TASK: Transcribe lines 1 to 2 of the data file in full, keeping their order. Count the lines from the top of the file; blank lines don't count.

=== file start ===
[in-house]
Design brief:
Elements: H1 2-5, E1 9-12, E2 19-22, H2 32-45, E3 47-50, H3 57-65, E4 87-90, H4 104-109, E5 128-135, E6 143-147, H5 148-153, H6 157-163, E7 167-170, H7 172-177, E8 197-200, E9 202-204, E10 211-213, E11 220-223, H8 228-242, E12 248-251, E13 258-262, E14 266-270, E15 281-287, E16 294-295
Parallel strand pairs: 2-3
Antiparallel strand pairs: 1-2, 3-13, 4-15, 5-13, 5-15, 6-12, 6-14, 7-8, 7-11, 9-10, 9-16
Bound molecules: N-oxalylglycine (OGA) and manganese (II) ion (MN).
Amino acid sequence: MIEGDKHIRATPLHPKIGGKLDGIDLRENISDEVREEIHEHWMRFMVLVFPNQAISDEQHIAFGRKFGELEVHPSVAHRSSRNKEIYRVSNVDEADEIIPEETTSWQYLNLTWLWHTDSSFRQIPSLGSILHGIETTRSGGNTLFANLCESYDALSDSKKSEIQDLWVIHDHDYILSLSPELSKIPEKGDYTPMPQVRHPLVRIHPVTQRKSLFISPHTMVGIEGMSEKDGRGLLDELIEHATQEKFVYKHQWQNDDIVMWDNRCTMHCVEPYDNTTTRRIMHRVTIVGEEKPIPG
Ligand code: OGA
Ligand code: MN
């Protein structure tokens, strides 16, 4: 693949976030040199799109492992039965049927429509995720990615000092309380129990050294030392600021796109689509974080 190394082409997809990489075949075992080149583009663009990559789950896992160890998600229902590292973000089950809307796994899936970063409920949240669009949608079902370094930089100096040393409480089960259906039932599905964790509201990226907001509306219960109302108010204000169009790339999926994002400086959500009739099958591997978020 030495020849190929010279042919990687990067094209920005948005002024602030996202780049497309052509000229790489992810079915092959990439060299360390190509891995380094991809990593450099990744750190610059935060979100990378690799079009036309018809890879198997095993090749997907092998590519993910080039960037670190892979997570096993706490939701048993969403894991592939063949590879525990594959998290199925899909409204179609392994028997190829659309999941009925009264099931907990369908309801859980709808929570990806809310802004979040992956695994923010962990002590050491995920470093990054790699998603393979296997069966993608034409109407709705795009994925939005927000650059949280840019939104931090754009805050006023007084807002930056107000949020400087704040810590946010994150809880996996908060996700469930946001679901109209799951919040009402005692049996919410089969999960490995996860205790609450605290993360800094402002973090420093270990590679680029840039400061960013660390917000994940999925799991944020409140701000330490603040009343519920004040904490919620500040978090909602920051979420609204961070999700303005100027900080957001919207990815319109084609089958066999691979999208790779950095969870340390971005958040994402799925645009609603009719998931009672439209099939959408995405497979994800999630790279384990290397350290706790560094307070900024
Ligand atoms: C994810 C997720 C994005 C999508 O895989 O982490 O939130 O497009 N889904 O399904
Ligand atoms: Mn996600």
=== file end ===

[in-house]
Design brief: